Well Hello There, Big Brother...
January 26, 2022
As if tax season weren't already a hassle, now the IRS has gone full on "Big Brother."
As of this summer, visitors to the IRS website needing to access the Child Tax Credit Update Portal, check online accounts, get their tax transcript, receive an ID Protection PIN or view an online payment agreement will be forced to create an ac accounts, which require an email address and password to access, will no longer be accessible as of this summer.
Now, taxpayers will be forced to provide ID.me with their email address, Social Security number, photo ID and take a "selfie" so their face can be scanned to ensure they are who they say they are. In addition to privacy issues, trusting a third party non-government agency with such critical information seems like a catastrophe in the making.
The IRS has stated taxpayers will not need to use ID.me or any facial-recognition software to submit tax returns. But any other service? Forget about it.
While I understand the need to curb fraudulent tax crimes, this new policy, which was snuck in under the radar with no time for public comment on the matter that I am aware of, is not the way of a free society.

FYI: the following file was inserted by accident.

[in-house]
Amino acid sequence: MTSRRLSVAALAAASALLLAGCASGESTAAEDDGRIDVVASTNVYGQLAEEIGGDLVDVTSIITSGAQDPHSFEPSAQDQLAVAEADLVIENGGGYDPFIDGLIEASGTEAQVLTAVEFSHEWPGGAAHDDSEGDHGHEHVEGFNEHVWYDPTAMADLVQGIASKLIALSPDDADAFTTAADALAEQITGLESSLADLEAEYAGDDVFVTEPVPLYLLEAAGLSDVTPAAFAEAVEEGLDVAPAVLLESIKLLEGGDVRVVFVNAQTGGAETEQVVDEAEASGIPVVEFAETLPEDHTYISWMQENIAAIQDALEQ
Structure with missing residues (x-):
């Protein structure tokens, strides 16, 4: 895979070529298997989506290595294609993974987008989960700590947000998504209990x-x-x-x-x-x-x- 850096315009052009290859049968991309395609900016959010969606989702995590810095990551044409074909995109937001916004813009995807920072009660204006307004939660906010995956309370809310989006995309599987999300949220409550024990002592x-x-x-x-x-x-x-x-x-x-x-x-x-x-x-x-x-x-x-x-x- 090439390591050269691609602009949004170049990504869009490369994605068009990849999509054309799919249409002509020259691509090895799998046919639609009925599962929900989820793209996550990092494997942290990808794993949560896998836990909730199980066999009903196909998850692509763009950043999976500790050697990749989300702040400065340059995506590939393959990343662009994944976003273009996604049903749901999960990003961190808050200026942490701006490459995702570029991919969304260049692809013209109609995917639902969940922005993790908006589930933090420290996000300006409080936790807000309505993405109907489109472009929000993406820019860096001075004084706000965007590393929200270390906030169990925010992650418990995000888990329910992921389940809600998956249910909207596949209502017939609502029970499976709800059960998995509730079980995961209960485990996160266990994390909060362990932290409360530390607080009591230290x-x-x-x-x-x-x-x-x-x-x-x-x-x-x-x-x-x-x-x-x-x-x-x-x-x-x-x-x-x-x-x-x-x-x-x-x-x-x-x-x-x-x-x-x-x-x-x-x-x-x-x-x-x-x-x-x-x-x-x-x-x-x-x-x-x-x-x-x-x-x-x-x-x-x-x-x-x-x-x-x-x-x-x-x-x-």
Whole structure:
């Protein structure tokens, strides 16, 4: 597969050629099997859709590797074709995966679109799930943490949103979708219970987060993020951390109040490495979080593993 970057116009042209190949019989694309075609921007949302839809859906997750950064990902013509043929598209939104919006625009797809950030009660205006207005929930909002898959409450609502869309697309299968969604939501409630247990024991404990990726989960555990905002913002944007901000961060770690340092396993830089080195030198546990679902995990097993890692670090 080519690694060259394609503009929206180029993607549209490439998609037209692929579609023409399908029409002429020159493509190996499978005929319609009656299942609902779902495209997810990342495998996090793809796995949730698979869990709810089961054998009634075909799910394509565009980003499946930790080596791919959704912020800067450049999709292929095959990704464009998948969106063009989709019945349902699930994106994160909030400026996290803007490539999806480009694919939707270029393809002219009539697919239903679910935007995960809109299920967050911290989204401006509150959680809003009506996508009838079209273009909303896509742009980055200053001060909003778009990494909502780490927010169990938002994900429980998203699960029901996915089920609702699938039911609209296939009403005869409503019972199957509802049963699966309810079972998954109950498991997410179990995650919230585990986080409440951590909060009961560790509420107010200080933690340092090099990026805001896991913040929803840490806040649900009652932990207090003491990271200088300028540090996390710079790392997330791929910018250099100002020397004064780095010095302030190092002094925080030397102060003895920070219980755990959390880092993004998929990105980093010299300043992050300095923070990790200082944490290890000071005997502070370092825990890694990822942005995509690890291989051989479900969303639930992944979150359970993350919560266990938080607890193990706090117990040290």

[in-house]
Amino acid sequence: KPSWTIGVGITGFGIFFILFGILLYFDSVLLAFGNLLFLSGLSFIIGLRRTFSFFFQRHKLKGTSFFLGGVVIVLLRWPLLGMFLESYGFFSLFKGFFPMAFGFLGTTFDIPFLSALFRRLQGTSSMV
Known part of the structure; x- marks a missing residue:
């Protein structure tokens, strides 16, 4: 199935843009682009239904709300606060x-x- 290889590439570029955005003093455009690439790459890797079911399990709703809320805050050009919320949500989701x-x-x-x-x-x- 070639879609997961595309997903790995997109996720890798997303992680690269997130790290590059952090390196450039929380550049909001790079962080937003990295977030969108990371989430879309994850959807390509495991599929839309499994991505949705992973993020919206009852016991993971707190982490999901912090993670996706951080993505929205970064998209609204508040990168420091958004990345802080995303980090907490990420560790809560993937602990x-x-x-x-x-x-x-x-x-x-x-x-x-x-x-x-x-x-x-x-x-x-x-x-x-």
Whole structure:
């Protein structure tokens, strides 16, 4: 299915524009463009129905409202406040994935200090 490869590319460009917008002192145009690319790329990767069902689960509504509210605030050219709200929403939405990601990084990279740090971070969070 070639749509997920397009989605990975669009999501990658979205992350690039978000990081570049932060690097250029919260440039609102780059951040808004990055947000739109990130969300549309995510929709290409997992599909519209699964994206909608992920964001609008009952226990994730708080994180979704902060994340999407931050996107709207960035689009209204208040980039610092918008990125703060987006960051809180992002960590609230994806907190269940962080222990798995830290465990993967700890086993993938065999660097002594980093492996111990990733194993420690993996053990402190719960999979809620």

It is well known already, thanks to the efforts of rogue Edward Snowden nearly a decade ago, that the federal government already has massive surveillance technology, and that volumes of personal data is hoovered up en masse and stored for later use without a warrant.
Now, if you already use a social media company such as Facebook or Twitter, your face is no doubt already in the government database. But for those without social media accounts, is this a workaround to get even more personal data from law abiding citizens?
True, if taxpayers have a driver's license or passport, they already have a photo in the government database. Drivers accept this to have the privilege of driving on taxpayer funded roads.
But, drivers could choose to not get a license. Nobody (at least not legally) can choose not to pay their taxes if they owe "The Man" some money.
Another consideration is for the impoverished or elderly. What if they cannot afford a smartphone or computer? How then can they access their tax documents? This holds especially true for people living in areas where there is shoddy INTERNET access.
What genius cooked this up at the federal level, and how did they sneak it through so easily?
Next time I talk to our U.S. Senators, I am going to find out...